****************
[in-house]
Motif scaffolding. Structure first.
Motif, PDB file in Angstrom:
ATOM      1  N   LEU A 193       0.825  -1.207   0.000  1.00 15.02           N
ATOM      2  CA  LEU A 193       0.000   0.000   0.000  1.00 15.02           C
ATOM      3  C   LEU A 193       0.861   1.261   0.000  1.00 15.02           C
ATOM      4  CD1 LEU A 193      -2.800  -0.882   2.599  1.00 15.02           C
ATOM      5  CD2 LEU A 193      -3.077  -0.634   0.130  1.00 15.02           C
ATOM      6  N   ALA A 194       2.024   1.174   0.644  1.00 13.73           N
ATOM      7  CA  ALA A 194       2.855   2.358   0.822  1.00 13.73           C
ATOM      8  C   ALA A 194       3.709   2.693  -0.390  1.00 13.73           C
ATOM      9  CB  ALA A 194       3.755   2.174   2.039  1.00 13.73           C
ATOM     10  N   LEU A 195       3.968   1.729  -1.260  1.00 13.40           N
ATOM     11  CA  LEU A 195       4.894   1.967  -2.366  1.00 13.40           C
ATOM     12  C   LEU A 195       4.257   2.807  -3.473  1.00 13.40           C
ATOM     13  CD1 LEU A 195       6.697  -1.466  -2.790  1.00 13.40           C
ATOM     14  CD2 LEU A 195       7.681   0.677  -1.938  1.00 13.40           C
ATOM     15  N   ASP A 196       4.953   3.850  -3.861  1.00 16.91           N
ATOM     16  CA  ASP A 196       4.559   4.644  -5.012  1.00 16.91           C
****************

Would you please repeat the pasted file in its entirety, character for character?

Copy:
[in-house]
Motif scaffolding. Structure first.
Motif, PDB file in Angstrom:
ATOM      1  N   LEU A 193       0.825  -1.207   0.000  1.00 15.02           N
ATOM      2  CA  LEU A 193       0.000   0.000   0.000  1.00 15.02           C
ATOM      3  C   LEU A 193       0.861   1.261   0.000  1.00 15.02           C
ATOM      4  CD1 LEU A 193      -2.800  -0.882   2.599  1.00 15.02           C
ATOM      5  CD2 LEU A 193      -3.077  -0.634   0.130  1.00 15.02           C
ATOM      6  N   ALA A 194       2.024   1.174   0.644  1.00 13.73           N
ATOM      7  CA  ALA A 194       2.855   2.358   0.822  1.00 13.73           C
ATOM      8  C   ALA A 194       3.709   2.693  -0.390  1.00 13.73           C
ATOM      9  CB  ALA A 194       3.755   2.174   2.039  1.00 13.73           C
ATOM     10  N   LEU A 195       3.968   1.729  -1.260  1.00 13.40           N
ATOM     11  CA  LEU A 195       4.894   1.967  -2.366  1.00 13.40           C
ATOM     12  C   LEU A 195       4.257   2.807  -3.473  1.00 13.40           C
ATOM     13  CD1 LEU A 195       6.697  -1.466  -2.790  1.00 13.40           C
ATOM     14  CD2 LEU A 195       7.681   0.677  -1.938  1.00 13.40           C
ATOM     15  N   ASP A 196       4.953   3.850  -3.861  1.00 16.91           N
ATOM     16  CA  ASP A 196       4.559   4.644  -5.012  1.00 16.91           C